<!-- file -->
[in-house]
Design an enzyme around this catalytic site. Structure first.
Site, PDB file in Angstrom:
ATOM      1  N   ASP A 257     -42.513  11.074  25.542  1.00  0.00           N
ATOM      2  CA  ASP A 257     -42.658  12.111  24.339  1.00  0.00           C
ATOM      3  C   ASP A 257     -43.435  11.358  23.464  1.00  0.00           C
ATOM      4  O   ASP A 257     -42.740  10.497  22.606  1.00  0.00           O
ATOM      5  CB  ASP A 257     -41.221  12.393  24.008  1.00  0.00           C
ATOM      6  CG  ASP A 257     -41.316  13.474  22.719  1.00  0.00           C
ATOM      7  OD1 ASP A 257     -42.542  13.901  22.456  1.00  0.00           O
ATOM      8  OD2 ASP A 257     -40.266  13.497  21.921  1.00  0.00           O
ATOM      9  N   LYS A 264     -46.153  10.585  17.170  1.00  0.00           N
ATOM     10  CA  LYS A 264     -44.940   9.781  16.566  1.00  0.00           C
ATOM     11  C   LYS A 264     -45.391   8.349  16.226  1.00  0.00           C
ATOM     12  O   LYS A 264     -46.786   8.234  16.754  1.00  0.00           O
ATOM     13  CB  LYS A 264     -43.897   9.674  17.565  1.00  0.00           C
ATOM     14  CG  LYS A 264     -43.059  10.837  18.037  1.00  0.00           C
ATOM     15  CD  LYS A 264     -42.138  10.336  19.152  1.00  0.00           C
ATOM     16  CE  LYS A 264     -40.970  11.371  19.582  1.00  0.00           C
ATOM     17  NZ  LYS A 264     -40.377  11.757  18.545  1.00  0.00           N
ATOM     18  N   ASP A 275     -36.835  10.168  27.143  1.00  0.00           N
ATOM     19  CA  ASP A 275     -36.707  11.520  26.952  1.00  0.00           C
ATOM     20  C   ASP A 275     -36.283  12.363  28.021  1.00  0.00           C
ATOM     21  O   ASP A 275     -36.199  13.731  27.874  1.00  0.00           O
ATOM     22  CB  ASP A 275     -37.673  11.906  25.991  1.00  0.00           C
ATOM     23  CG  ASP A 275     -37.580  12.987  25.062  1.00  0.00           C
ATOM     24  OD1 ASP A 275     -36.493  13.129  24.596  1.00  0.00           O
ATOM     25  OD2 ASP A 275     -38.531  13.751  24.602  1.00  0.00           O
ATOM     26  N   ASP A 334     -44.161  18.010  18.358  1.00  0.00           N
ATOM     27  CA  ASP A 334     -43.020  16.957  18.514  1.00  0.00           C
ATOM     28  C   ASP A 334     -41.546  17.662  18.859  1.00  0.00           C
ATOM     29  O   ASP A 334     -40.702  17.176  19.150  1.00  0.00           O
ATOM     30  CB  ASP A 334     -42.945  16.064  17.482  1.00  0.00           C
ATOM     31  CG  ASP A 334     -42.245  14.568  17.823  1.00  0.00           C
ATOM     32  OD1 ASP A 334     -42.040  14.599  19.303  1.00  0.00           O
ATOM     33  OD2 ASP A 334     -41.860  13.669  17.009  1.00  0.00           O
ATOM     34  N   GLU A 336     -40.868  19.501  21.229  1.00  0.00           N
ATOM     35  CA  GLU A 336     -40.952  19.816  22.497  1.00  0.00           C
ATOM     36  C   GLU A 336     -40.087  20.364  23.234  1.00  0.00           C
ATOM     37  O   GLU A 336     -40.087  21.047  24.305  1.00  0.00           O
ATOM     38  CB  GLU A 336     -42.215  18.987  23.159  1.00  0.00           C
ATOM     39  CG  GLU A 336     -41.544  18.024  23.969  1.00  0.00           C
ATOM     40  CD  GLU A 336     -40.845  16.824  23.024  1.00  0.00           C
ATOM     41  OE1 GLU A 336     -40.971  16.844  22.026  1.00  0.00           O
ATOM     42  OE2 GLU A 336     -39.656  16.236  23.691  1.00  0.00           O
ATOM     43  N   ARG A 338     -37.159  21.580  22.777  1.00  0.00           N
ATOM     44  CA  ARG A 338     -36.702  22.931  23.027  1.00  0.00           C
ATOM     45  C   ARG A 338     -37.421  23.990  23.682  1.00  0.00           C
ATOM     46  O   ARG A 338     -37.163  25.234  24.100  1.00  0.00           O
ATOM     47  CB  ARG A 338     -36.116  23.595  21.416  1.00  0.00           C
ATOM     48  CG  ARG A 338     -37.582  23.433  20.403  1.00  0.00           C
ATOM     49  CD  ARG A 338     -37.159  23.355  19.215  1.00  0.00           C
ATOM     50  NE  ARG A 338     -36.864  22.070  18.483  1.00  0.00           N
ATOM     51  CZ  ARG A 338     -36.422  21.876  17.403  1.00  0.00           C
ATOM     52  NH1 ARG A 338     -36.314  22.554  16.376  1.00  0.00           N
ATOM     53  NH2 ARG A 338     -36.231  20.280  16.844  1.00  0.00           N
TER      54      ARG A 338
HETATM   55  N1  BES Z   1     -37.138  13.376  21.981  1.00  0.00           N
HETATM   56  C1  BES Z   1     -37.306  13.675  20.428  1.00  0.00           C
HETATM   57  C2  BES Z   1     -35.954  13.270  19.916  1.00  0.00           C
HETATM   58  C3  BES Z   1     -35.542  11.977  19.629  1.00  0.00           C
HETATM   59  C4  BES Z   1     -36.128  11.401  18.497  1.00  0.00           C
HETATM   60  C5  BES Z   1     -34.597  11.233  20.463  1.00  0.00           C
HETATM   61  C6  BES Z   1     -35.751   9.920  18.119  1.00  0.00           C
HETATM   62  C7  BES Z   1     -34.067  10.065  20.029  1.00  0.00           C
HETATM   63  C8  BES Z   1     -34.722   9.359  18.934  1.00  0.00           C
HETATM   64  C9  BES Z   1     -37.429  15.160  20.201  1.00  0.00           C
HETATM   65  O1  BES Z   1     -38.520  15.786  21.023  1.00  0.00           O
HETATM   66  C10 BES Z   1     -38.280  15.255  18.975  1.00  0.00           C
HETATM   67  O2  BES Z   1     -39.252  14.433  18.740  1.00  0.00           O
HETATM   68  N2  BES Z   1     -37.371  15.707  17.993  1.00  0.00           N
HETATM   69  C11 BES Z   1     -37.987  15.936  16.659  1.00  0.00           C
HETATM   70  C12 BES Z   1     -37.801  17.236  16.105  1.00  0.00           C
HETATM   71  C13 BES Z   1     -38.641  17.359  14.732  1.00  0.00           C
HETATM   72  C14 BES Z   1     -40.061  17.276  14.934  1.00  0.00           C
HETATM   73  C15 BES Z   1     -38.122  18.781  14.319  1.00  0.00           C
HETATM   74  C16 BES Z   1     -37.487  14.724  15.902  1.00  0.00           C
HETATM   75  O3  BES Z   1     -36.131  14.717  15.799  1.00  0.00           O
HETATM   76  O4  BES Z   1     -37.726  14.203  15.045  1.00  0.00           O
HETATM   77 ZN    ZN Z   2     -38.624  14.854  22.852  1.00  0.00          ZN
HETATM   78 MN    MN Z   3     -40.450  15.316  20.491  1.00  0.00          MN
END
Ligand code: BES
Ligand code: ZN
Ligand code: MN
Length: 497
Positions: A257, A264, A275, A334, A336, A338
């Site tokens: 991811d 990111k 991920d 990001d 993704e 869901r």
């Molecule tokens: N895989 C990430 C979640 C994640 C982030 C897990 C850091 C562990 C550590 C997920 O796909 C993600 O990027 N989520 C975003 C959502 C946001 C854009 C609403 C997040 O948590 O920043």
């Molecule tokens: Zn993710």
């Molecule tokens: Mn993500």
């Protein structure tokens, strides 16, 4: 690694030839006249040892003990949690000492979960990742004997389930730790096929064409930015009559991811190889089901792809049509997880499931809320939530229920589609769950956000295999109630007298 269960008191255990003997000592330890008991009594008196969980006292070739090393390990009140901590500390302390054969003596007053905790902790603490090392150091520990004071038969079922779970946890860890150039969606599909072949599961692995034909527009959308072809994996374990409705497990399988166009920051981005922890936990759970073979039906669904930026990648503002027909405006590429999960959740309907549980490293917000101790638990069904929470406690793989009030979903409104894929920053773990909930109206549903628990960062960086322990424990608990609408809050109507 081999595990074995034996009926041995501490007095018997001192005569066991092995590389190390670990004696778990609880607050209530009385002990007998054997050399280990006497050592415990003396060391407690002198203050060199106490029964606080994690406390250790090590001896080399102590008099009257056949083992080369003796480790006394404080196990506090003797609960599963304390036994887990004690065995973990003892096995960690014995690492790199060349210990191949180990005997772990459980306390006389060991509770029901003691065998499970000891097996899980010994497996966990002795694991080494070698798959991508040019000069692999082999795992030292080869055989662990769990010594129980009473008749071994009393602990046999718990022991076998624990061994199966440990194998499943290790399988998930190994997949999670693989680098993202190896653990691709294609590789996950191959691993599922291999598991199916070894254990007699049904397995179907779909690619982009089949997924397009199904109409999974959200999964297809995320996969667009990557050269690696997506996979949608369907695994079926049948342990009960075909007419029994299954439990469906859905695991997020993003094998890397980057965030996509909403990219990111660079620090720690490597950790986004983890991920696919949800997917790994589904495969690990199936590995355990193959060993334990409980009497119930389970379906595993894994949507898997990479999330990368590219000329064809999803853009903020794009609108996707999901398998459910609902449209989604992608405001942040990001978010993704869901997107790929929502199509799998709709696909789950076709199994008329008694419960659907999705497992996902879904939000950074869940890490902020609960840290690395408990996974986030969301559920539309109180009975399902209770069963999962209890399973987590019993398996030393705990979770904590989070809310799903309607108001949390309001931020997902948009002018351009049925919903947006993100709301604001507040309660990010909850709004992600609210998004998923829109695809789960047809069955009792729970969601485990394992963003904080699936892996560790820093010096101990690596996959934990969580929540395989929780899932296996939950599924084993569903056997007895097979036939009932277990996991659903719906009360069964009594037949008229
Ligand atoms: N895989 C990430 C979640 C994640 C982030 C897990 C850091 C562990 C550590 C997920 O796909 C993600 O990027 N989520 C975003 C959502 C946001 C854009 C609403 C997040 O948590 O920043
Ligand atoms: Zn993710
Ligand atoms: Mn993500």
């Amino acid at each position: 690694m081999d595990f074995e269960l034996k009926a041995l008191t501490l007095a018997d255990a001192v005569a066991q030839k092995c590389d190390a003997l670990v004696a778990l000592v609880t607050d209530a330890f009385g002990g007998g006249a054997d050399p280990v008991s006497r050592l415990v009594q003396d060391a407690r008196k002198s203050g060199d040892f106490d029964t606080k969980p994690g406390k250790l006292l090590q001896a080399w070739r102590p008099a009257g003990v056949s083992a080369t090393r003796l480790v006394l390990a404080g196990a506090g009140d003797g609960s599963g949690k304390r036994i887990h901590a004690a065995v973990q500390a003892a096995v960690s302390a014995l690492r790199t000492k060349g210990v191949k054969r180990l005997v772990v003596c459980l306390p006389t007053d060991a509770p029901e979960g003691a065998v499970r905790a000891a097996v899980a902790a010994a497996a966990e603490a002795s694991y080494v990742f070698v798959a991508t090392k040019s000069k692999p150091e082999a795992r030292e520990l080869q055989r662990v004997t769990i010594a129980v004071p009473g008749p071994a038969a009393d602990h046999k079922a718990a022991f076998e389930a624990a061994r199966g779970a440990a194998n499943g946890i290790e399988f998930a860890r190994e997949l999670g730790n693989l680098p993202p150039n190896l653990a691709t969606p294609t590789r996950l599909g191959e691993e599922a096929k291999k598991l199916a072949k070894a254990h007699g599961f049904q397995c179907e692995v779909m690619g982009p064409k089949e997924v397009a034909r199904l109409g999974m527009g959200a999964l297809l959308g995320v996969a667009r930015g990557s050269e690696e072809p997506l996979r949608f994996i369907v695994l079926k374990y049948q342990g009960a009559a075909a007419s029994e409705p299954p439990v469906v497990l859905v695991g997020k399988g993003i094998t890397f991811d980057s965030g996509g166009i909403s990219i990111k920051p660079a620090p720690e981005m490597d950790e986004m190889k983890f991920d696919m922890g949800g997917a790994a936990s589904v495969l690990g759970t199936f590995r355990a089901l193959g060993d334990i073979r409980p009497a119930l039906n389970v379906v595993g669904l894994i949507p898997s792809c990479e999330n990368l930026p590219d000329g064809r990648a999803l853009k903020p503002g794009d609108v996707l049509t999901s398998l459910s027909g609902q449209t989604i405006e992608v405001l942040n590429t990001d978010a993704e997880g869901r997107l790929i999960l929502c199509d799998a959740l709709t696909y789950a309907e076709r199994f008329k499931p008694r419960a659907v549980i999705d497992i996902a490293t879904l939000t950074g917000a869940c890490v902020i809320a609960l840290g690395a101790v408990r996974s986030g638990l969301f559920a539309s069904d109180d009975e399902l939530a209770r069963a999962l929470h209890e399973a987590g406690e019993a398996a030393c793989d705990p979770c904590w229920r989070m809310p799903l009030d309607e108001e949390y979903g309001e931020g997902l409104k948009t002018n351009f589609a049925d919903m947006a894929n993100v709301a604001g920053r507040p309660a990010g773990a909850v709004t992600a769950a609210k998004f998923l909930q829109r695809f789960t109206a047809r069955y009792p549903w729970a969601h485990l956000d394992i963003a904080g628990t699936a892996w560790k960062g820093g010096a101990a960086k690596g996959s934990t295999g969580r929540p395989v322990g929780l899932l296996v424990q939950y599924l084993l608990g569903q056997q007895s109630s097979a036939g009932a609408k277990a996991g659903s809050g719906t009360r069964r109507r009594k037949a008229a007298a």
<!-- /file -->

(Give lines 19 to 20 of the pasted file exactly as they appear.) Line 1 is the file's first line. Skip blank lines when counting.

ATOM     16  CE  LYS A 264     -40.970  11.371  19.582  1.00  0.00           C
ATOM     17  NZ  LYS A 264     -40.377  11.757  18.545  1.00  0.00           N